An excerpt of Manan appears in The Bombay Review

‘Is that you, Manan?’ Taiji’s voice from behind the window of her bedroom.

Has she been waiting there to pounce on him? ‘Yes, Taiji.’

‘Tauji is calling you.’

‘In a minute, Taiji.’

Quickly he hides behind the veranda pillar and then crawls on all fours into the side alley. Here, under the shadow of the porch and out of Taiji’s sight, and away from those idiots inside. Tauji is calling him – so what? Why should he answer their calls? He is a full, complete human being, not a toy, not a massage machine: why is he given orders when he never gives orders to them? He closes his eyes and, seething with anger, to vindicate his disregard for Taiji’s request, he summons up an image of a dhoti-clad Tauji lying half asleep on his round belly. The room smelling of iodex and farts. He is asked to climb over Tauji, rather Tauji’s hairy back, and, deeming any show of unwillingness as out of keeping, he does so. Cautiously he treads: from the naked upper back to the naked, sweaty lower back, over the hips to the unstable, wobbly thighs, and quickly onto the calves; the same way up with an about-turn. Tauji farts from time to time and he has to smell the hydrogen sulphide: his hands are stretched for balance, and for how long can one hold one’s breath? This … is wrong. Illegal. Child labour. He could be playing videogames or catch-a-catch, he could be preparing for the debate or dreaming of chance meetings with Hriya – doing things much more useful than this. Why should he go then? When will this sequence stop?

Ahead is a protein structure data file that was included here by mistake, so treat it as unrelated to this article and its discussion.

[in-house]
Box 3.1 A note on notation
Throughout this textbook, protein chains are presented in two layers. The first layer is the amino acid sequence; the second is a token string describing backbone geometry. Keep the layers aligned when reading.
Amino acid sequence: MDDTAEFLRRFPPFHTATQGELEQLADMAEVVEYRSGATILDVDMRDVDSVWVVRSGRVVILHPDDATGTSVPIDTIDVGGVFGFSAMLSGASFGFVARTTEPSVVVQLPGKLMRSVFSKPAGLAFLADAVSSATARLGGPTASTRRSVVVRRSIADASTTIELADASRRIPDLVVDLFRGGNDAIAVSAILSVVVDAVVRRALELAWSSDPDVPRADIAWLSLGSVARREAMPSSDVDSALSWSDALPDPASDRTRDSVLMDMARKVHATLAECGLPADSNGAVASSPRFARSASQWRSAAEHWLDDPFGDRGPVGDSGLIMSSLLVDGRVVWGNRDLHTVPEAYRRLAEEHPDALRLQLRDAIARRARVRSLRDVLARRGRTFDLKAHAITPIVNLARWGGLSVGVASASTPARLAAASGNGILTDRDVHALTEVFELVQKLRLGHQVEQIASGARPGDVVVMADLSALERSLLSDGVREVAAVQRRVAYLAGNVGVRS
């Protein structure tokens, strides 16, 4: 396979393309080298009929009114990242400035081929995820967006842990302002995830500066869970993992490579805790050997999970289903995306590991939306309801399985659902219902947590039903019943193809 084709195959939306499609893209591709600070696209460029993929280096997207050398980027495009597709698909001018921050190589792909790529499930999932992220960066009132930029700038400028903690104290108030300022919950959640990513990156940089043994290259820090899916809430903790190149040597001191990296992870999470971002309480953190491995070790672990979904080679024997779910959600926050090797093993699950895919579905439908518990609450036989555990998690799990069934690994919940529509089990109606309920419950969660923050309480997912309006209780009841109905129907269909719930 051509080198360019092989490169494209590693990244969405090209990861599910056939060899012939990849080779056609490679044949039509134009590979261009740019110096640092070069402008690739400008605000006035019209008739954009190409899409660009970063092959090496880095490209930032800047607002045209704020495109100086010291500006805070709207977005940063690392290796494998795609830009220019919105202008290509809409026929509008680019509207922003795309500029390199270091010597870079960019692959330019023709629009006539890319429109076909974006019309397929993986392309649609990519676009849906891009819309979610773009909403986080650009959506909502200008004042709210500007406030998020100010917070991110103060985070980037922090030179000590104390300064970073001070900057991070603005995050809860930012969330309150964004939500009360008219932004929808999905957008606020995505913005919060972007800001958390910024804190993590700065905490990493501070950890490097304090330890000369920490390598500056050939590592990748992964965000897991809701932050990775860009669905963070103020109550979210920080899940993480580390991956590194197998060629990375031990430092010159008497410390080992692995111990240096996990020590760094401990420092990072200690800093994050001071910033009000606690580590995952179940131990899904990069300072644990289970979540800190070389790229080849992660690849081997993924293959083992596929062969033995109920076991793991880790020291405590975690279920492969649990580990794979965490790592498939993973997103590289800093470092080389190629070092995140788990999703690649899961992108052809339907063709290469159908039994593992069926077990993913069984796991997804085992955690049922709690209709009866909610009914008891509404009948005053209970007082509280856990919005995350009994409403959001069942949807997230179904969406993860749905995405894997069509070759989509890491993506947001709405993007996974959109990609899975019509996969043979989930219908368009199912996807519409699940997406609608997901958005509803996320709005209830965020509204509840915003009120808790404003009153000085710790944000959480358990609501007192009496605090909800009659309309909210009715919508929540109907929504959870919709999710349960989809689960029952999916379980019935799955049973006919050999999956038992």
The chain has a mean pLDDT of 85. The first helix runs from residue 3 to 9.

35kg – this is what Tauji is exploiting. 140cm, 35kg, his comfortable smallness. Not for too long then. Puberty will put an end to all these matters soon.

To read the full excerpt, click here.

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